For decades, Cal State Fullerton has maintained a reputation as a school that produces opera stars. Deborah Voigt, Rodney Gilfrey, Jubilant Sykes, James ‘Marty’ Schaefer, Charles Castronovo, Omar Crook and Christopher Job are some of the names that have graced the college scene over the years.
This fall, Kerry Jennings joined the Faculty of the School of Music as an Associate Professor of Opera Studies after a career as a concert soloist and award-winning director.
Just months after being hired, he directed his first production, “Opera Meets The Seven Deadly Sins, “ featuring an eclectic mix of scenes from favorite operas such as “Dido and Aeneas” and “The Rake’s Progress”, as well as new scenes from two literary classics, “The Scarlet Letter” and “The Grapes of Wrath”.
Jennings describes how he came to choose a life in opera.
How did you get interested in opera?
I have always sung. My father was a pastor so I grew up singing in church and later in choirs. I was also in a band, playing the trumpet and French horn, so I knew I wanted to major in music when I went to college. However, coming from a small town in North Carolina, with little to no classical music experience, I really had no idea what that would entail. I had never even heard an opera, let alone seen, until the first year of my undergraduate studies.
A friend of mine played the 1972 recording of Puccini’s “La BohÃ¨me” with Luciano Pavarotti and Mirella Freni and to say I was addicted would be an understatement. Since that day, this opera and these singers have remained my favorites.
Why did you choose to teach at CSUF?
Although I have been conducting opera workshops since the beginning of my teaching career, it is only in the last four to five years that I have done a more complete opera staging, and I really like it. So I thought that I would look for a position that would allow me not only to do more opera direction, but also a position in an institution looking to energize or expand its opera program. My colleagues were very welcoming and the students were a total joy to work with and get to know each other.
Describe âOpera Scenes: The Opera Meets the Seven Deadly Sinsâ. Why did you choose this?
There are some things that I take into account. First, I want to make sure that this is an educational experience for the students, which means choosing a repertoire that is not only appropriate for each singer’s voice, but also stimulating enough. The class population ranges from sophomores to graduate students, so you should meet students where they are technically and artistically. You not only need to make sure everyone has a rewarding experience, but also present a high quality product to your audience. I like to do âstage programsâ which offer a varied repertoire while keeping a cohesion. This cohesion makes it possible to have a theme and then finally a title. I think a title like “Opera Meets the Seven Deadly Sins” gets more attention than just “Opera Scenes” and, in turn, that brings more people to the theater. And we hope they will come back for the next production.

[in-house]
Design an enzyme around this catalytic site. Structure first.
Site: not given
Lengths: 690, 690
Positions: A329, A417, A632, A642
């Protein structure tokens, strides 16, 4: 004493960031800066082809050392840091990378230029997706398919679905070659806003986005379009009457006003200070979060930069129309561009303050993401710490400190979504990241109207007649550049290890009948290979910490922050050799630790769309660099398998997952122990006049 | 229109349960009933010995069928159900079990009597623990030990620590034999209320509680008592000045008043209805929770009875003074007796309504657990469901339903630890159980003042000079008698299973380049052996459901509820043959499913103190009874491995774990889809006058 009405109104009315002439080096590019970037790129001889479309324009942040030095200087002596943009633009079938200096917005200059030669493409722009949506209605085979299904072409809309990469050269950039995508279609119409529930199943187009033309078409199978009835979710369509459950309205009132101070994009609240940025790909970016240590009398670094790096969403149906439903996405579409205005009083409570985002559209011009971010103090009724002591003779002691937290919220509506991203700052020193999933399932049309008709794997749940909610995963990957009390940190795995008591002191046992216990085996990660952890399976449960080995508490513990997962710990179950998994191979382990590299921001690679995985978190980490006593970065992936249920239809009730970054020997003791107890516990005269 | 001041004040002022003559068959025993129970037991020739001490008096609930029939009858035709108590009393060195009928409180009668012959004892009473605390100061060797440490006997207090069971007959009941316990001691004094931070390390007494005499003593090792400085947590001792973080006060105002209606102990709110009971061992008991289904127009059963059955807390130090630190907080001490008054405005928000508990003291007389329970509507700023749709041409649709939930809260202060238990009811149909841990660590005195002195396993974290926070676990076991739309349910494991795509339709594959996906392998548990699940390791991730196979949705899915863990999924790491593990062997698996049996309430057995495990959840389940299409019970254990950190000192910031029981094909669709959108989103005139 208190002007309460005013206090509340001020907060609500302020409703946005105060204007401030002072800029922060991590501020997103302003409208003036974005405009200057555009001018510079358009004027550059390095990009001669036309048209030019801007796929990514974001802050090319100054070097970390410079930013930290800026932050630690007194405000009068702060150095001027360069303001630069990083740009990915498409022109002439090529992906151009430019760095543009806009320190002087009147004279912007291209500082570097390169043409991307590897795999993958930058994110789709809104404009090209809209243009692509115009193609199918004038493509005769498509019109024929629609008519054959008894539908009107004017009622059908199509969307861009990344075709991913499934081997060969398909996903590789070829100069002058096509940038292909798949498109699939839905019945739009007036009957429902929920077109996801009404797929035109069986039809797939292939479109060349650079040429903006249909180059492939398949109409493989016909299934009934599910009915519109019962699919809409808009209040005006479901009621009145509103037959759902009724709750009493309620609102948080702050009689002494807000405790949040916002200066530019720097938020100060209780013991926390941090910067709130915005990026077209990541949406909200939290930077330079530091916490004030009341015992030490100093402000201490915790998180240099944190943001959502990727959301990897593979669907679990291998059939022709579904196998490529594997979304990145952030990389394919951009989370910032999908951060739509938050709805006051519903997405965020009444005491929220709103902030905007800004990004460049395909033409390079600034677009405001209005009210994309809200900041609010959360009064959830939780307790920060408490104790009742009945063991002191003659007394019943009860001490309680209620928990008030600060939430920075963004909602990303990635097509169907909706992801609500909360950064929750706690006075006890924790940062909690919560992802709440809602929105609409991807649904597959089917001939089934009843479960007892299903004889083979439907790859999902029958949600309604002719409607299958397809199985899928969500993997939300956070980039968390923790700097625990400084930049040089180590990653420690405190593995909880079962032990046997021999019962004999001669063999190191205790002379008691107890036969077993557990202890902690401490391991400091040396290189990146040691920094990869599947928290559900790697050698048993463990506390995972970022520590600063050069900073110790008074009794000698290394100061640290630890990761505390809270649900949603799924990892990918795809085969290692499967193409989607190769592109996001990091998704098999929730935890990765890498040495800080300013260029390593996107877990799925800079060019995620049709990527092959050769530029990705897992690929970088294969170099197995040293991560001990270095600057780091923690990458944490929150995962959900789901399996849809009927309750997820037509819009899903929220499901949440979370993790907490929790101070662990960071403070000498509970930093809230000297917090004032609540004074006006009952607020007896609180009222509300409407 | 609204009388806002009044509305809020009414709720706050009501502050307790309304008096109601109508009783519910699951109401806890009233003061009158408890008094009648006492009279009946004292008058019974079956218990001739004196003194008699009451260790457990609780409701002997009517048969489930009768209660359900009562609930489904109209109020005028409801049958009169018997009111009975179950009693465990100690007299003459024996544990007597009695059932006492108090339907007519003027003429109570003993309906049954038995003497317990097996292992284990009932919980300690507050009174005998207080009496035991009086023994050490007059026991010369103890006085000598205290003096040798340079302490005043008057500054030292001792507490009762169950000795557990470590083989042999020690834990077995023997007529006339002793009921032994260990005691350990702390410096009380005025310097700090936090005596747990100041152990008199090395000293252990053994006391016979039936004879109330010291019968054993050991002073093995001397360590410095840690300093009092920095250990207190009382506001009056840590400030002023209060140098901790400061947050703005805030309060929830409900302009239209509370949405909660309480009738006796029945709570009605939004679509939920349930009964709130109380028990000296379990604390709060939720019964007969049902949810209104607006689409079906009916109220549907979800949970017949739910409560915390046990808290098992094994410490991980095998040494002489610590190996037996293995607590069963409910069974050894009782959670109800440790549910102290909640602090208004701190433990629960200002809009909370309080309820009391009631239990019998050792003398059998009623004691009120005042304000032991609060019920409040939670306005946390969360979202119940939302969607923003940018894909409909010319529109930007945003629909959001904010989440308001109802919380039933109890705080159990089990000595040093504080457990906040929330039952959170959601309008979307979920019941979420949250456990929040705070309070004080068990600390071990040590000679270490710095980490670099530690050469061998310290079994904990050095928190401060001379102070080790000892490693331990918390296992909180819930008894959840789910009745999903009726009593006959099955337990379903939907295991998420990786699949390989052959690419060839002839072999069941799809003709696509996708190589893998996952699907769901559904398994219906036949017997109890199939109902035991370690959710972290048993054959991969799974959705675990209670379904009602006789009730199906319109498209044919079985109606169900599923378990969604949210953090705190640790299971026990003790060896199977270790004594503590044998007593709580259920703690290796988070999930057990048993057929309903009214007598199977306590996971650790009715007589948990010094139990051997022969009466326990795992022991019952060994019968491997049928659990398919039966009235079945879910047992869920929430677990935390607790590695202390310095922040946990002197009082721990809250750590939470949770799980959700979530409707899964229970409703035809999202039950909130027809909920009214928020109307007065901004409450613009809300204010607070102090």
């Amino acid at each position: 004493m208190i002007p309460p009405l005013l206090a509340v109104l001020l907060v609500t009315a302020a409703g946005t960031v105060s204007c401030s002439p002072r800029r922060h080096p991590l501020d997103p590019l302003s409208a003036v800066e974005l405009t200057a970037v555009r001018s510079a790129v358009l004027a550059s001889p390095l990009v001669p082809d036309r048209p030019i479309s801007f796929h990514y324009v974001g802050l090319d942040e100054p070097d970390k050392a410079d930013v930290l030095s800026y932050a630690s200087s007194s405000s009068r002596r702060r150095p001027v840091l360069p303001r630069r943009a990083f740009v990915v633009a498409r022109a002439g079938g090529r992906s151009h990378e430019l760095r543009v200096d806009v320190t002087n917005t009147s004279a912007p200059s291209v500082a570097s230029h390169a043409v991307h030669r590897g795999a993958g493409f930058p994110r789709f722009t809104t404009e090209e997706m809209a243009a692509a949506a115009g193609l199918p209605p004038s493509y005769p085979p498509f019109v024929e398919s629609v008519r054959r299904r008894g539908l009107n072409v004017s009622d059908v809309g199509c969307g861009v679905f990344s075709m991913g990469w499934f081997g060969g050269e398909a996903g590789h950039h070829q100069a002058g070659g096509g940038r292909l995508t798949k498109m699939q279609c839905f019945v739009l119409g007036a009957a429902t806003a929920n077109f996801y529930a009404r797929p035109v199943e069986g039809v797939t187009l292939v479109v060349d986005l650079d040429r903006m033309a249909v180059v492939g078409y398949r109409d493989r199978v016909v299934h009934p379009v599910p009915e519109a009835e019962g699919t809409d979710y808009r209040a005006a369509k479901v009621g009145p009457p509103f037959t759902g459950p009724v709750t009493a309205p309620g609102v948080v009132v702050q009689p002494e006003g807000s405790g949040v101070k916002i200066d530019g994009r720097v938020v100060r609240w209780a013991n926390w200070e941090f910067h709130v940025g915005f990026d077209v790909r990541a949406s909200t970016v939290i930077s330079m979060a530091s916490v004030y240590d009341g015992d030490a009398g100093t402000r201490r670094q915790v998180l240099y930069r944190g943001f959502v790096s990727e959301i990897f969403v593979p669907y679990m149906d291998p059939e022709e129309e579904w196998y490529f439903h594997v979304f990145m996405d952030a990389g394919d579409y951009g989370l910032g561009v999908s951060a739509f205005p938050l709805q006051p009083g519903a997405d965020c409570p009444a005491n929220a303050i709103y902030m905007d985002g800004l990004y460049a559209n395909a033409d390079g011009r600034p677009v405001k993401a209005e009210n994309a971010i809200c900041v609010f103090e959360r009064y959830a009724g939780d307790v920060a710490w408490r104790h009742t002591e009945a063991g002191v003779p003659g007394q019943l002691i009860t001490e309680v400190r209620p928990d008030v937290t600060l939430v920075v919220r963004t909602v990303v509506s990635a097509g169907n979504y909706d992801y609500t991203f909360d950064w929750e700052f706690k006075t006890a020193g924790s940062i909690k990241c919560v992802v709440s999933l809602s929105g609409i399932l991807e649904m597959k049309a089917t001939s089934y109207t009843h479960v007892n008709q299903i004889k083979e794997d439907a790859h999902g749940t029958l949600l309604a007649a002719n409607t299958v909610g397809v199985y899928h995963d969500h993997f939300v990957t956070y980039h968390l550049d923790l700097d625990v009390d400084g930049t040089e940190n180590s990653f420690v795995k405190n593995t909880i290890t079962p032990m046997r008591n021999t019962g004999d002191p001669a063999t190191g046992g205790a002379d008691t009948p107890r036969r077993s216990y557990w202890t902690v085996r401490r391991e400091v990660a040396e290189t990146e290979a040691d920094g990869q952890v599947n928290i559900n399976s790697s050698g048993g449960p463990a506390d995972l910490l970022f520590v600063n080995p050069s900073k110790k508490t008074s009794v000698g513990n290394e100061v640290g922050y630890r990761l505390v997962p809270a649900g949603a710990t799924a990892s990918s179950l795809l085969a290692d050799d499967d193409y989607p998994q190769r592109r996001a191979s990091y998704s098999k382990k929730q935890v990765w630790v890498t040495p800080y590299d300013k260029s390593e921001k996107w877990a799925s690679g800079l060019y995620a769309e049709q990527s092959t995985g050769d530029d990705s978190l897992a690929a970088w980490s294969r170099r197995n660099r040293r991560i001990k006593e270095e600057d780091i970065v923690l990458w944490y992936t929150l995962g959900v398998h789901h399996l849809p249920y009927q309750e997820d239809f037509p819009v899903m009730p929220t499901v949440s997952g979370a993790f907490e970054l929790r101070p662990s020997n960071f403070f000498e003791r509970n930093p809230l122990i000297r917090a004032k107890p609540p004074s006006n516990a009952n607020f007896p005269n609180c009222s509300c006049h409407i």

Is this the first opera in which you participate at CSUF?
This stage program was basically my debut as an opera director at CSUF. I am also looking forward to the next semester where we will present a double program of âGianni Schicchiâ by Giacomo Puccini and âBuoso’s Ghostâ by Michael Ching. Mr. Ching will be coming for a weeklong residency in the spring to work with our singers and orchestra as well as our composition students.
How did the audition go? Does each scene involve a different singer?
For the Scenes program, I had students audition with their âbestâ opera aria or art song, showing their current technical and artistic skills. This gives me enough information for the casting. For larger scale works, I will be more specific, depending on the language and style of the piece. I could even use snippets of this work for booster material. For the schedule of scenes, since each singer is in the final scene, all singers in the class are in at least two of the seven scenes, and some might even be in more than two if they are of a “voice type.” That you have to complete a scene. It’s always my goal in a scene program to give everyone a named role and to have at least some sort of solo part.